In the sample profile, you learn more about Joe through his traits and characteristics. You can also think about his pain points and connect them with possible solutions.
Start creating your own client profiles. Access a client profile template here.
May 2, 2013 by Rebecca Prescott
I think about Starbucks a lot.
I can’t tell you that it’s only because I love their coffee. It’s not that simple.
I’m in love with the Starbucks brand, and the experience that comes with. Everything about the brand gets high praise from me: Packaging, merchandising, service standards, customer-rewards programs, human resources policies, their use of music, philanthropic endeavors and yes, even the coffee itself.
My friends might call it an obsession. But my love for the Starbucks brand has helped in my career; it’s helped me understand how a company can use its brand to cultivate and maintain customer loyalty. And Starbucks, like other companies that I respect, does it by offering an experience.
This blog kicks off a series of posts that I’ll be providing in the next few months about the importance of developing your brand. I’ll be talking about taking a brand inventory; developing a strategy; ways to increase recognition; and how to promote your brand.
But before we move on, let’s talk about the word itself.
There are thousands of definitions of the word brand. Here’s one that I particularly like from Alina Wheeler’s “Designing Brand Identity” (Second edition, 2006):
“The brand is the promise, the big idea, and the expectations that reside in each customer’s mind about a product, service or company.”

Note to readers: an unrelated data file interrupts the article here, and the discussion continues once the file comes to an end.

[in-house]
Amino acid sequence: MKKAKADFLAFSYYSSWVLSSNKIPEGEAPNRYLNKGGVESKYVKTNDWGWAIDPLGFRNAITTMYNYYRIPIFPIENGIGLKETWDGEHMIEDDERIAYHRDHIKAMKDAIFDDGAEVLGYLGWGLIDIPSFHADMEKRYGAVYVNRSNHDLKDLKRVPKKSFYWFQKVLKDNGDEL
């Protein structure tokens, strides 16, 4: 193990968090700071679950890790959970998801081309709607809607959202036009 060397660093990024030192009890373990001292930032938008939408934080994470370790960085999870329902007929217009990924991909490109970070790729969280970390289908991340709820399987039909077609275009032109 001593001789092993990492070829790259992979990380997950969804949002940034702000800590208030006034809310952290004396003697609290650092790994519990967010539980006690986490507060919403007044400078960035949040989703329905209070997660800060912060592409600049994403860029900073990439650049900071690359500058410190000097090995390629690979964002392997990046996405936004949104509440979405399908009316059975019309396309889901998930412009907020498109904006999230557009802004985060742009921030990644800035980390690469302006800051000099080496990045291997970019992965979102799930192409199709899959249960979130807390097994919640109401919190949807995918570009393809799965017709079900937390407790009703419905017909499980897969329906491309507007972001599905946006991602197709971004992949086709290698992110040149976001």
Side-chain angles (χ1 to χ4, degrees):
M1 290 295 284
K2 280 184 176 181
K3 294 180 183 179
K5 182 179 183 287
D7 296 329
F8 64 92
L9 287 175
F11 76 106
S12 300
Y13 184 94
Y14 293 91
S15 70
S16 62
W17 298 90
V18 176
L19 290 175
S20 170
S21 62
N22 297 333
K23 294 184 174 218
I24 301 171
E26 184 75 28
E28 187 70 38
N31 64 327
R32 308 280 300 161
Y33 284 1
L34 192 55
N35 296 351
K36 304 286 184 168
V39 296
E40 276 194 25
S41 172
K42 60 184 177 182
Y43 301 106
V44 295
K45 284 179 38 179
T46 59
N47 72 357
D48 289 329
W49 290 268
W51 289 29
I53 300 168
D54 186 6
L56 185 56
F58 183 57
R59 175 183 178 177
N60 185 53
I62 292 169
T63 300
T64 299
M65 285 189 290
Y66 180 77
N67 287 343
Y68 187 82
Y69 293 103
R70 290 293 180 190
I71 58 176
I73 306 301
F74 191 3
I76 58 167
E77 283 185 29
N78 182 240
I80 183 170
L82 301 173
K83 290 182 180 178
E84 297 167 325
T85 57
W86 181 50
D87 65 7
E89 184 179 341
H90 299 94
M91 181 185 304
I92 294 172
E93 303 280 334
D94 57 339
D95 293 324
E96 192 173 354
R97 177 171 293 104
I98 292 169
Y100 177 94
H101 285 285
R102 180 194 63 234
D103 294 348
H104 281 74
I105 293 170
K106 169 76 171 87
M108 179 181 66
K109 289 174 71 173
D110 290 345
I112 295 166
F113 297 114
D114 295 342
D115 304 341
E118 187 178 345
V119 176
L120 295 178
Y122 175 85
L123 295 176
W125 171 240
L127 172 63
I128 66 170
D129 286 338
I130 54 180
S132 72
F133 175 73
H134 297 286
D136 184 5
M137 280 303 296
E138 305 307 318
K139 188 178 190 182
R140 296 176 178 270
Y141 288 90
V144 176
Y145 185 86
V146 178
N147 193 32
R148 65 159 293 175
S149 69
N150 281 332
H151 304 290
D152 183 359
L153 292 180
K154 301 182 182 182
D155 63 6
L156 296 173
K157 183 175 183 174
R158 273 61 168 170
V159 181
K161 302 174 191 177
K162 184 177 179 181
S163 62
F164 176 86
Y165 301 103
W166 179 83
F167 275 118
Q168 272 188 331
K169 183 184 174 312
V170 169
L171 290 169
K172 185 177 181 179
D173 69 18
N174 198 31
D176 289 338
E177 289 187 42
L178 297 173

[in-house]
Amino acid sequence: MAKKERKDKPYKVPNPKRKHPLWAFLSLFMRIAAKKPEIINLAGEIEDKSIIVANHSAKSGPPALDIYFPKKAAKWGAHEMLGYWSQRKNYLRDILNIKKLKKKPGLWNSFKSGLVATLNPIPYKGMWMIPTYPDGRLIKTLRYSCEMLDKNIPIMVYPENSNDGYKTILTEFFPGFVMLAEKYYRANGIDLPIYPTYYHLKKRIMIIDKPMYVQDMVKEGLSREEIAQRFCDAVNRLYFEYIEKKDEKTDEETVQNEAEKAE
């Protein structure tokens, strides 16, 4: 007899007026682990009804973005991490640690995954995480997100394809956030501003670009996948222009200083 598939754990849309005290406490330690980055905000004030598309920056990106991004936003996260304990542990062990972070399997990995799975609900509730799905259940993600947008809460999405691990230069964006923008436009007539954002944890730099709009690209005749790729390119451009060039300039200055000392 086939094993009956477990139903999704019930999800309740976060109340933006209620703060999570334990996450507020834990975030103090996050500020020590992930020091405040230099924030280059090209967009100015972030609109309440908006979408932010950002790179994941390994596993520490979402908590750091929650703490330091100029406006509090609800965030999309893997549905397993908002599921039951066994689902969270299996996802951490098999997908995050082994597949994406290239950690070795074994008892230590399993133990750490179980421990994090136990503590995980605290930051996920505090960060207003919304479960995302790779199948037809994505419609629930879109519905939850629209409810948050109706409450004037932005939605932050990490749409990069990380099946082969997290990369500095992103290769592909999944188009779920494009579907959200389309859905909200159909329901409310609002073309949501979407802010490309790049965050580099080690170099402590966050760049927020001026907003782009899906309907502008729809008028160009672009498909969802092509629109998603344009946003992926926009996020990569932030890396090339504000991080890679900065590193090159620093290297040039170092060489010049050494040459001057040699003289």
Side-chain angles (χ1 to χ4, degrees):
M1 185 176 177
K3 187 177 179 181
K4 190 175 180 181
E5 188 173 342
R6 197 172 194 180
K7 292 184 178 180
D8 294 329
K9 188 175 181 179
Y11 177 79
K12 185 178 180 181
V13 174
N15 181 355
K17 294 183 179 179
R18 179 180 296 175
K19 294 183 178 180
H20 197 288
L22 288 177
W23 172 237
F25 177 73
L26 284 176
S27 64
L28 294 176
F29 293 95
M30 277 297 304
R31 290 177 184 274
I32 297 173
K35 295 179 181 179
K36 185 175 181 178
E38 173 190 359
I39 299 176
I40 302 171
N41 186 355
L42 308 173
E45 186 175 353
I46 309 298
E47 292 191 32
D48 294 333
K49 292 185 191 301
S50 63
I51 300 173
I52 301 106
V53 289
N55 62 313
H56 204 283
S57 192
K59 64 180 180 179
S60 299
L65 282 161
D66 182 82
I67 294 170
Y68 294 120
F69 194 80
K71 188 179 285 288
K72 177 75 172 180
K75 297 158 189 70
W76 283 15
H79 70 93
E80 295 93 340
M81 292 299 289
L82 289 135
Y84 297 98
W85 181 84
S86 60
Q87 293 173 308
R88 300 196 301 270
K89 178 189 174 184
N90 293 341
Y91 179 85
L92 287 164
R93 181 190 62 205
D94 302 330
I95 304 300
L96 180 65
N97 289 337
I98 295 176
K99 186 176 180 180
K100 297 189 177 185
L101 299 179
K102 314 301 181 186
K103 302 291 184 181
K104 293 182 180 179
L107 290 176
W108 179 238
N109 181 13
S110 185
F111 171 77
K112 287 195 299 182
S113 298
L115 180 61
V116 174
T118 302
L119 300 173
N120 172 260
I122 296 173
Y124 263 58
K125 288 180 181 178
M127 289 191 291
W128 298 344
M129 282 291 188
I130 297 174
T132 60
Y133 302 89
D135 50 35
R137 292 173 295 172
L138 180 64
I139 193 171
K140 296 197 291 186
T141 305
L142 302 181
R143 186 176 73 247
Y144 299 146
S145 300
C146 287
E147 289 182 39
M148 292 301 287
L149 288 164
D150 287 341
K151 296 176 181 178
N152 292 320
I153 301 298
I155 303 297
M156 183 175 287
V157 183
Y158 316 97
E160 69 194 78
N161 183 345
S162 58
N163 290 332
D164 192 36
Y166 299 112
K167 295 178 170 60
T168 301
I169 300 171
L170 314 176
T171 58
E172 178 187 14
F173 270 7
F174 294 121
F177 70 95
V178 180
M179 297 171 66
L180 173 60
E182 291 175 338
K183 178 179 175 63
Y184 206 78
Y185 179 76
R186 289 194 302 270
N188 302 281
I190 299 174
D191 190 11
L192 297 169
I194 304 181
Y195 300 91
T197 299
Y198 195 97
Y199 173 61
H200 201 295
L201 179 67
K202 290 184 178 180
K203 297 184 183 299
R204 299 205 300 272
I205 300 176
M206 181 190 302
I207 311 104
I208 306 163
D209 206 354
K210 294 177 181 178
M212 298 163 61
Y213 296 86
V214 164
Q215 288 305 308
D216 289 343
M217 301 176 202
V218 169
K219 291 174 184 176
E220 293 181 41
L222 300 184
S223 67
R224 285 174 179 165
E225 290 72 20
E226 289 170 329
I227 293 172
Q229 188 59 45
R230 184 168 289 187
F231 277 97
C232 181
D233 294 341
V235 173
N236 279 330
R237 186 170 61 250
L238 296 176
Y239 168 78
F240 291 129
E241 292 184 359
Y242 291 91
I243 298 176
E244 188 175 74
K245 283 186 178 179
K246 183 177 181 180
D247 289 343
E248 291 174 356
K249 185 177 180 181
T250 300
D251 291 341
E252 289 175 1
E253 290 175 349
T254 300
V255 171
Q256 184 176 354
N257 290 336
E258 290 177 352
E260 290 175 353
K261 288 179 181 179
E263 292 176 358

I’m particularly fascinated with the word “promise.” A promise sets the stage for a customer in their decision-making process. If they like and trust your brand, they’ll make a purchase. If they don’t, they’ll buy from someone else. And in my little corner of the universe, it’s the experience that keeps me coming back.
Here’s a scenario to consider: I’m standing on the corner of a major metropolitan city and have the choice of Starbucks and another coffee shop in the same square-mile area. I’ll walk to the Starbucks every time. Why? I know that when I walk out, they will have done their best to meet my needs. I know that if my drink doesn’t taste right, they’ll make another one no questions asked. It will be familiar and comfortable.
They have hooked me to the point where if I’m pressed to make a decision on how to spend money on coffee, I’ll choose Starbucks.
This can apply to financial professionals. You may not be a billion dollar coffee empire, but your brand can contribute to your failures and successes.
In the next installment of this series, I’ll take you through some steps to take a solid inventory of your current brand, and then set you free to do the same.